Lost Hospital — Allentown State Hospital, Hanover Township, Pennsylvania0

In 1901, Pennsylvania’s passed a new law “to Provide for the Selection of a Site and the Erection of a State Hospital for the Treatment of the Insane Under Homeopathic Management, to be Called the Homeopathic State Hospital for the Insane, and Making an Appropriation Therefor.”

With an appropriation of $300,000 (“or as much thereof as may be necessary”), a section in Hanover Township, near Allentown, was chosen for the location of this new hospital (originally named Pennsylvania State Homeopathic Asylum), spanning over 209 acres.  Finally completed in 1912 after many delays, Allentown State Hospital was located between Allentown and Bethlehem, right along the Allentown and Bethlehem Electric Line.

The hospital campus contained buildings for administration and patients, as well as two chapels and facilities for dining, an auditorium, a kitchen, a boiler, and a power plant.  The total cost for the entire campus was just under $2 million. Patients began to arrive on October 3, 1912, and by February 1, 1913, the census reached 820.

Patients received a comprehensive mental and physical examination, including detailed family histories. The hospital had laboratory equipment, an x-ray device, dental equipment, and a medical library.

The operations of the hospital expanded over the years, with its census reaching an all time high in 1950 of 2,012.  By 2008, the census was 175, a reflection of the decreasing patient populations in mental health facilities, due in part to changes in legislation as well as advances in medication.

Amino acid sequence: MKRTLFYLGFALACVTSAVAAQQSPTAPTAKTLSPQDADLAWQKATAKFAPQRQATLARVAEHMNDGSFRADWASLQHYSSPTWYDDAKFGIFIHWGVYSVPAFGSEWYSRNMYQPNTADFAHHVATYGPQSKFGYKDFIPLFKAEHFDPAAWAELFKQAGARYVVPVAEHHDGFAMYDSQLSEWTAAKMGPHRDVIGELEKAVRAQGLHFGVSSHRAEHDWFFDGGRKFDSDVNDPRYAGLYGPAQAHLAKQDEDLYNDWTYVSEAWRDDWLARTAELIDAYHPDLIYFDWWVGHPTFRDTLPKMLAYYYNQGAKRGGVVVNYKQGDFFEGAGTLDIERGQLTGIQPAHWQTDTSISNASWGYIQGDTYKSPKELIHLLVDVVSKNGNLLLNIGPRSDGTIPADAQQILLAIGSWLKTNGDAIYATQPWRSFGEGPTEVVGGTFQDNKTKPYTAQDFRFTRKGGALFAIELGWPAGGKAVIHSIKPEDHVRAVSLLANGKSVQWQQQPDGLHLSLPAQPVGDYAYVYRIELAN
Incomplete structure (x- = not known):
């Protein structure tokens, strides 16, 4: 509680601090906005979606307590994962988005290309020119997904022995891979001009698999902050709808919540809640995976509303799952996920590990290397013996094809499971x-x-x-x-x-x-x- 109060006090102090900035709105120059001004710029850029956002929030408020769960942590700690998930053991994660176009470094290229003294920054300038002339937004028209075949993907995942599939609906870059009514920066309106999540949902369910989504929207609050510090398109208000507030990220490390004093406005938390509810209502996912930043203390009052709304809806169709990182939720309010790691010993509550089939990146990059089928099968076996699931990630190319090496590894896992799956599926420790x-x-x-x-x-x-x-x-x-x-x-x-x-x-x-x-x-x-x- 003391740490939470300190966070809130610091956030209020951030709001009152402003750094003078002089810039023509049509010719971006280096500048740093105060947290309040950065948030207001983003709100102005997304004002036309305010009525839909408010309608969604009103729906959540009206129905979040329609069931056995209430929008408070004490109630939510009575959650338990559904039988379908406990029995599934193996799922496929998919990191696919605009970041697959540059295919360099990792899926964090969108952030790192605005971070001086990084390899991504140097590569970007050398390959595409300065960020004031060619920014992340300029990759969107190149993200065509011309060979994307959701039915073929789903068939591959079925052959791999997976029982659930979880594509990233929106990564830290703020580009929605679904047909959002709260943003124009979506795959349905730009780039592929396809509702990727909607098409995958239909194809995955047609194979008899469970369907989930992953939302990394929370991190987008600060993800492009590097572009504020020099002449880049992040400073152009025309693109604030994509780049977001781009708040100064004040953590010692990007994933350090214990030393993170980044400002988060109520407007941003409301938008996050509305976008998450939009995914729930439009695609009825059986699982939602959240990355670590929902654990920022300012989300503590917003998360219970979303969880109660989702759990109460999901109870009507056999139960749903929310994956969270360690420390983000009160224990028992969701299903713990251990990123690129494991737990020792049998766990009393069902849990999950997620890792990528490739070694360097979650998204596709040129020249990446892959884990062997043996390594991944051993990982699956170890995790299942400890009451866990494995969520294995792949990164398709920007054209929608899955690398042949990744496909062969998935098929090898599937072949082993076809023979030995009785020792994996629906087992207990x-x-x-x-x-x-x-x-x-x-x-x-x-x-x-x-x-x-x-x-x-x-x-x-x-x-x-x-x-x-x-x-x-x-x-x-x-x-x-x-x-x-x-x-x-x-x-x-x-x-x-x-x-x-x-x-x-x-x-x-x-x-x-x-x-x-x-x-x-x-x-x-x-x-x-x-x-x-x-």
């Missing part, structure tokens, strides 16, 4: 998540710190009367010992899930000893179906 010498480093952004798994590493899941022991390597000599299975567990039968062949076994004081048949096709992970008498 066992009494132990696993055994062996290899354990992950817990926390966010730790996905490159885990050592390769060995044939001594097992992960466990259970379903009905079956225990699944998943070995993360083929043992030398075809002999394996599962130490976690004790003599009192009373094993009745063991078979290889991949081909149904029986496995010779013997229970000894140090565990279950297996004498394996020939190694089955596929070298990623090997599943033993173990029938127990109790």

At one point in time, Allentown State Hospital had a specialty unit for psychiatrically impaired children (the Mental Health Institute for Children), and it was the only such institution in Pennsylvania until 1960. That unit closed in 1992.

During the 1990s, the hospital tried to keep up with the industry changes, reducing the use of restraints and debilitating medications. In 1992 the hospital created a Psychiatric Emergency Response Team (PERT) to meet the needs of individuals in crisis, using restraints only as a last resort.  By 1998, Allentown State Hospital was “seclusion free,” a first in the nation.

By October 2009, however, there were rumors of the possible closure of Allentown State Hospital. A public announcement was made in January 2010.  At the time, Acting Secretary of Public Welfare Harriet Dichter explained the reasons for the proposed closure.

“For more than 25 years, Pennsylvania has been on the leading edge of developing local partnerships and community based service options that promote recovery for people living with mental illness, As facilities close, we open doors to opportunities for residents to live their lives to the fullest by returning to their homes and communities as contributing members of society, all while managing their own health and well-being.”

The facility closed on December 15, 2010. Sherry Snyder, acting deputy secretary of the Office of Mental Health and Substance Abuse Services at the Department of Public Welfare for Pennsylvania, stated:

“People asked us again and again:  ‘Why Allentown?’ This [closure] is in no way meant to be an indictment of the staff and treatment here. But we know the technology in our world is changing. Why do we believe the technology to support people with mental health needs has not changed?”

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